New Delhi: Activist Anna Hazare and his supporters will hold a day-long fast at Rajghat in New Delhi today to protest against the police crackdown on Baba Ramdev and his followers at Ramlila Maidan on Saturday night.
Mr Hazare and his supporters, who have launched the India Against Corruption campaign, will be on hunger strike from 10 am to 6 pm. They initially wanted to protest at Jantar Mantar, but the Delhi police denied them permission for this citing law and order concerns. Prohibitory orders under Section 144 of the CrPC have been in place at Jantar Mantar after Saturday’s incident at Baba Ramdev’s camp at the Ramlila grounds.
“We want to have a peaceful day of prayer and fasting,” said Arvind Kejriwal, an activist at the frontlines of the India Against Corruption movement. He stressed that the hunger strike is a protest against the government’s action against Baba Ramdev and his camp against corruption late on Saturday night. The Baba was evicted from the camp at Ramlila Maidan and 65,000 supporters were forced to disperse after the police tear-gassed and lathi-charged them. The Opposition and activists have targeted the government for trying to stifle a democratic protest.
In April, a lengthy hunger strike by Mr Hazare provoked vigorous nationwide support. The government was forced to acquiesce to Mr Hazare’s demands: that the government introduce a new tough law against corruption, and that civil society activists help draft this law to prevent the government from providing loopholes designed to help those the law would apply to – bureaucrats and politicians.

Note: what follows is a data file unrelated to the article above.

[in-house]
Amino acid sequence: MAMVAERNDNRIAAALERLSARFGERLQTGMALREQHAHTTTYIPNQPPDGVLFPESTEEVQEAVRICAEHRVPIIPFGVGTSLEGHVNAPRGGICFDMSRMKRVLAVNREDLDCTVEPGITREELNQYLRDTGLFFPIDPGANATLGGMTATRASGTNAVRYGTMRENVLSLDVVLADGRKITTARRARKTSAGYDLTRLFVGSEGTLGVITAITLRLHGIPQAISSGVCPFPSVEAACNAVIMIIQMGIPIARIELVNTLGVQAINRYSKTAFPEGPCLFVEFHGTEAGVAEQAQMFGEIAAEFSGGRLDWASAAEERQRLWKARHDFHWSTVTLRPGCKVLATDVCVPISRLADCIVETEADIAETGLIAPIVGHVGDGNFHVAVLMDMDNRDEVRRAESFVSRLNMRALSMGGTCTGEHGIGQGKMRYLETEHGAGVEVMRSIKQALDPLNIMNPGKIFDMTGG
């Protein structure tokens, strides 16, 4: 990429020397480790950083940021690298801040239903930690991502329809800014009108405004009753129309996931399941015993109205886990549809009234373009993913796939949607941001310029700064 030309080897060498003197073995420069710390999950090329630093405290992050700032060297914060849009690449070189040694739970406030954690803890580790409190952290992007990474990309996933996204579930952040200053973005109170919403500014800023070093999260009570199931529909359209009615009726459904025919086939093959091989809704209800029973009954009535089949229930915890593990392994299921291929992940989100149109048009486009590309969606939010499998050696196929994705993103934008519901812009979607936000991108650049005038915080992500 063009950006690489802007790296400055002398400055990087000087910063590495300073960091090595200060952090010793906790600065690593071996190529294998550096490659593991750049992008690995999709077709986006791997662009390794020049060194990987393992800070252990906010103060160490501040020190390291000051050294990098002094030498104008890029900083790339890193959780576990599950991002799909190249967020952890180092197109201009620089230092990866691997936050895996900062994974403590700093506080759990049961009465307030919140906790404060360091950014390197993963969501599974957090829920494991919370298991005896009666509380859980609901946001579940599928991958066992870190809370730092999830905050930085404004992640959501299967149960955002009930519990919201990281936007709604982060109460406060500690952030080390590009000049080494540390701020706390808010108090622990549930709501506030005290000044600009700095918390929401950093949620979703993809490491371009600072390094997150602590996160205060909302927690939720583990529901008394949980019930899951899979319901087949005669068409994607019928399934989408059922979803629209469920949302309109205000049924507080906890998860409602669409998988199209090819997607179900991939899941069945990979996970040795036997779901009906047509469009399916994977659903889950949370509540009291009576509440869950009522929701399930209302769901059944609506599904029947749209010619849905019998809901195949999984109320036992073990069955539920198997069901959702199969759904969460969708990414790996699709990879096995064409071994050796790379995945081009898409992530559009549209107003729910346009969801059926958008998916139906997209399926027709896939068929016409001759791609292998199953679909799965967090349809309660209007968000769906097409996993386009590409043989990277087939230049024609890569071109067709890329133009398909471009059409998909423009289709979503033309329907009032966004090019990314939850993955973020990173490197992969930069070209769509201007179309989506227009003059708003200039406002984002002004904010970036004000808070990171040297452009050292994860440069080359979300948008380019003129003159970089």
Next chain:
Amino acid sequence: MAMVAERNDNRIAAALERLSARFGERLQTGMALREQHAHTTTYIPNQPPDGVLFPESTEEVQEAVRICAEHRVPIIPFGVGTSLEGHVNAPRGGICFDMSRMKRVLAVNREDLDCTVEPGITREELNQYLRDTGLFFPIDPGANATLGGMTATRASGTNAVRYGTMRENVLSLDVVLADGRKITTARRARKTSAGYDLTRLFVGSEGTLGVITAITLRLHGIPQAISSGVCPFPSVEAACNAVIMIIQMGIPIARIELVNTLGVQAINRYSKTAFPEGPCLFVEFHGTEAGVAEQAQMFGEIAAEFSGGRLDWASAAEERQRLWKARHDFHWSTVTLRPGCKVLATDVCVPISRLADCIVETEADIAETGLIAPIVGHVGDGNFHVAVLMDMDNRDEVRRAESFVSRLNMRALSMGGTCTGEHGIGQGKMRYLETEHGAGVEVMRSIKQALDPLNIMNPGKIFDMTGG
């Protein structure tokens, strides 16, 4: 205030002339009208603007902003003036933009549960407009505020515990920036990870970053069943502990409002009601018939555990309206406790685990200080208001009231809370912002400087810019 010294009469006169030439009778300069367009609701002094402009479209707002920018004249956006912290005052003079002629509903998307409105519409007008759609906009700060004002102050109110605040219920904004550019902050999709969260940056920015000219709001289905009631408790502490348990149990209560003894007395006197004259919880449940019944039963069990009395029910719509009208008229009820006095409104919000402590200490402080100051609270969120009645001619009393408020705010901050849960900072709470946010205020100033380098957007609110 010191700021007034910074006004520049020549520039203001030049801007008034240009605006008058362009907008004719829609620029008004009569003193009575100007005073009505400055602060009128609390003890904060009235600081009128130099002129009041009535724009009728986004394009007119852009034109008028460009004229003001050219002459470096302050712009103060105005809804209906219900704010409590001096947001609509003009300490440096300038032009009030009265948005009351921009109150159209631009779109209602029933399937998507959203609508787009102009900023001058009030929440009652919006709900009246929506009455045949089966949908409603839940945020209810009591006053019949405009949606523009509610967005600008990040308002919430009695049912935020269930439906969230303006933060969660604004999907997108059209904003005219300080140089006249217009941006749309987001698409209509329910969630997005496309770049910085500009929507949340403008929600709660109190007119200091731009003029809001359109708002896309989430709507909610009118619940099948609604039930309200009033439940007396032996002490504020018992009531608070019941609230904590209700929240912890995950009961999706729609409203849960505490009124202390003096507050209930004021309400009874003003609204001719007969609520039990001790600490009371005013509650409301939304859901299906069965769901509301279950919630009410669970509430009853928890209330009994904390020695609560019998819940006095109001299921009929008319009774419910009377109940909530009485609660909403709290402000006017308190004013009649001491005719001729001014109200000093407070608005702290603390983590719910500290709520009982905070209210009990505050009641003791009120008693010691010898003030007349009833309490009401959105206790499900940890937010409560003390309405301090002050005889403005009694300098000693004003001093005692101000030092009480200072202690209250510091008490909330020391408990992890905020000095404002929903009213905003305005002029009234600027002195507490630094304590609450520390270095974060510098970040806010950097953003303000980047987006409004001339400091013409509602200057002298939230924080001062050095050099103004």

Mr Hazare nominated five activists, including himself, to the drafting committee of this new Lokpal Bill (Citizen’s Ombudsman Bill). The government appointed five ministers to work for them. The joint drafting committee, as it’s referred to, had an uneasy working relationship which hit a new low after the Baba Ramdev crisis.
Irreconcilable differences between the government and activists include the latter’s demands that meetings of the joint committee be video-taped and that the Prime Minister’s office be covered by the Lokpal Bill. Activists also want a public debate on the Lokpal Bill – the government has so far refused this. Civil society members had earlier said they won’t attend Lokpal panel meetings unless they are video recorded and made public, but now they say they will attend the next meeting.
No Intention To Quit Lokpal Panel, Says Team Anna
A day after boycotting the meeting of Lokpal bill drafting committee, Anna Hazare-led team made it clear on Tuesday that they had no intention to quit the joint panel and hit out at HRD Minister Kapil Sibal for
Activist Arvind Kejriwal said civil society members will attend the next meeting on June 15 and contended that if they leave the ten-member committee, it will have “no credibility” as it will only remain a government panel with five ministers.
“Kapil Sibal has said that whether we come or not, they will go ahead (with the drafting of the Lokpal Bill). Why did that question arise? We had written to (Finance Minister) Pranab Mukherjee that we will not be attending June 6 meeting. We also said that Anna Hazare will not be available on June 10 and so the meeting on that date be postponed. So it makes it clear that we are going to attend meetings. We are
not going to leave the committee just like that,” he said.
He also accused Sibal of “putting words in their mouth” and said the government should “tone down arrogance.” Despite the five civil society members boycotting the meeting on Monday, the ministers went ahead and finalised some provisions of the proposed Lokpal Bill.
Later, Sibal took objection to the boycott of the meeting by civil society members and said that the committee would do its work “whether or not someone comes”. (With PTI Inputs)